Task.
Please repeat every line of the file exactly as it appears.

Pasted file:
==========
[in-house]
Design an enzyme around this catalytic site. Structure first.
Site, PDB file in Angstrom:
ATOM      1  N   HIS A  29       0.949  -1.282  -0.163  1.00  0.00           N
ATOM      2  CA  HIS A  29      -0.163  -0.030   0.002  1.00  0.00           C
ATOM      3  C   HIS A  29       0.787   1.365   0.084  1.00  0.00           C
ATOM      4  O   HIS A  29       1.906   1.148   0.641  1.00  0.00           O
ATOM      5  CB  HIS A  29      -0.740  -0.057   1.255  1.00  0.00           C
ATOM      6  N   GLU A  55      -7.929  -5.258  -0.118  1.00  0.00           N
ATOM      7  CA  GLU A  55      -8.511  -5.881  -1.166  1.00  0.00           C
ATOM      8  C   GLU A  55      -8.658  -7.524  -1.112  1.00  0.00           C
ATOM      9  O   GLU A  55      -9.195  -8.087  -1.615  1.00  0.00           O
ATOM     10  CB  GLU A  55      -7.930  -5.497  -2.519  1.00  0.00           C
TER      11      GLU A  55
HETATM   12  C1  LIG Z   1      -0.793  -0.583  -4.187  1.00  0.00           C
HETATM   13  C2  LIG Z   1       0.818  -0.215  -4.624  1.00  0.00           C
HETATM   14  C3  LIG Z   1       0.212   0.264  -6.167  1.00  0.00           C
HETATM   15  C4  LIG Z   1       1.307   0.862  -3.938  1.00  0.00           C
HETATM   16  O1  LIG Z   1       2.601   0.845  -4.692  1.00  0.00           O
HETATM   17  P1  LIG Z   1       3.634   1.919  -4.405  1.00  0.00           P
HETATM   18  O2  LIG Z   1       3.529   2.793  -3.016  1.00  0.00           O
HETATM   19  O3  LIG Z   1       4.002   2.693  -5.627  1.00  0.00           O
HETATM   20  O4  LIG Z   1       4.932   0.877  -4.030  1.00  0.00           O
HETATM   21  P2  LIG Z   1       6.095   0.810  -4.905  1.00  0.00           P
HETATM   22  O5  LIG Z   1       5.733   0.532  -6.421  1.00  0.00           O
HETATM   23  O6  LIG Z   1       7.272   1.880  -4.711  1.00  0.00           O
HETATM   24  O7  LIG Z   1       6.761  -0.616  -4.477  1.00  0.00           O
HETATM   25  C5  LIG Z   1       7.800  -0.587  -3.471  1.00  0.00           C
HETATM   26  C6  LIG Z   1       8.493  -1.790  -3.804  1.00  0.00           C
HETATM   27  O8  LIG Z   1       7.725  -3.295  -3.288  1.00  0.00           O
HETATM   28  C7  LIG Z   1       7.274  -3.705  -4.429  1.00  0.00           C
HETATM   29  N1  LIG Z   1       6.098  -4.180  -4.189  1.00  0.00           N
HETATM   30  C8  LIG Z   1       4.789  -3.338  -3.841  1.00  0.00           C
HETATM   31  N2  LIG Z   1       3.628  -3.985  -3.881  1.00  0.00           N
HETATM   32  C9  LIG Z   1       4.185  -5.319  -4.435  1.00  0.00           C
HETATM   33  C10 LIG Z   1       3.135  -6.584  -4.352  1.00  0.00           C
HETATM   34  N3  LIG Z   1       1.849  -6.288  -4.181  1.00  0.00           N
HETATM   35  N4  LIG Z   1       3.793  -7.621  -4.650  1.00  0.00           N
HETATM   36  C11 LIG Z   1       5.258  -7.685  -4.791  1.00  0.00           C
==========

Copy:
[in-house]
Design an enzyme around this catalytic site. Structure first.
Site, PDB file in Angstrom:
ATOM      1  N   HIS A  29       0.949  -1.282  -0.163  1.00  0.00           N
ATOM      2  CA  HIS A  29      -0.163  -0.030   0.002  1.00  0.00           C
ATOM      3  C   HIS A  29       0.787   1.365   0.084  1.00  0.00           C
ATOM      4  O   HIS A  29       1.906   1.148   0.641  1.00  0.00           O
ATOM      5  CB  HIS A  29      -0.740  -0.057   1.255  1.00  0.00           C
ATOM      6  N   GLU A  55      -7.929  -5.258  -0.118  1.00  0.00           N
ATOM      7  CA  GLU A  55      -8.511  -5.881  -1.166  1.00  0.00           C
ATOM      8  C   GLU A  55      -8.658  -7.524  -1.112  1.00  0.00           C
ATOM      9  O   GLU A  55      -9.195  -8.087  -1.615  1.00  0.00           O
ATOM     10  CB  GLU A  55      -7.930  -5.497  -2.519  1.00  0.00           C
TER      11      GLU A  55
HETATM   12  C1  LIG Z   1      -0.793  -0.583  -4.187  1.00  0.00           C
HETATM   13  C2  LIG Z   1       0.818  -0.215  -4.624  1.00  0.00           C
HETATM   14  C3  LIG Z   1       0.212   0.264  -6.167  1.00  0.00           C
HETATM   15  C4  LIG Z   1       1.307   0.862  -3.938  1.00  0.00           C
HETATM   16  O1  LIG Z   1       2.601   0.845  -4.692  1.00  0.00           O
HETATM   17  P1  LIG Z   1       3.634   1.919  -4.405  1.00  0.00           P
HETATM   18  O2  LIG Z   1       3.529   2.793  -3.016  1.00  0.00           O
HETATM   19  O3  LIG Z   1       4.002   2.693  -5.627  1.00  0.00           O
HETATM   20  O4  LIG Z   1       4.932   0.877  -4.030  1.00  0.00           O
HETATM   21  P2  LIG Z   1       6.095   0.810  -4.905  1.00  0.00           P
HETATM   22  O5  LIG Z   1       5.733   0.532  -6.421  1.00  0.00           O
HETATM   23  O6  LIG Z   1       7.272   1.880  -4.711  1.00  0.00           O
HETATM   24  O7  LIG Z   1       6.761  -0.616  -4.477  1.00  0.00           O
HETATM   25  C5  LIG Z   1       7.800  -0.587  -3.471  1.00  0.00           C
HETATM   26  C6  LIG Z   1       8.493  -1.790  -3.804  1.00  0.00           C
HETATM   27  O8  LIG Z   1       7.725  -3.295  -3.288  1.00  0.00           O
HETATM   28  C7  LIG Z   1       7.274  -3.705  -4.429  1.00  0.00           C
HETATM   29  N1  LIG Z   1       6.098  -4.180  -4.189  1.00  0.00           N
HETATM   30  C8  LIG Z   1       4.789  -3.338  -3.841  1.00  0.00           C
HETATM   31  N2  LIG Z   1       3.628  -3.985  -3.881  1.00  0.00           N
HETATM   32  C9  LIG Z   1       4.185  -5.319  -4.435  1.00  0.00           C
HETATM   33  C10 LIG Z   1       3.135  -6.584  -4.352  1.00  0.00           C
HETATM   34  N3  LIG Z   1       1.849  -6.288  -4.181  1.00  0.00           N
HETATM   35  N4  LIG Z   1       3.793  -7.621  -4.650  1.00  0.00           N
HETATM   36  C11 LIG Z   1       5.258  -7.685  -4.791  1.00  0.00           C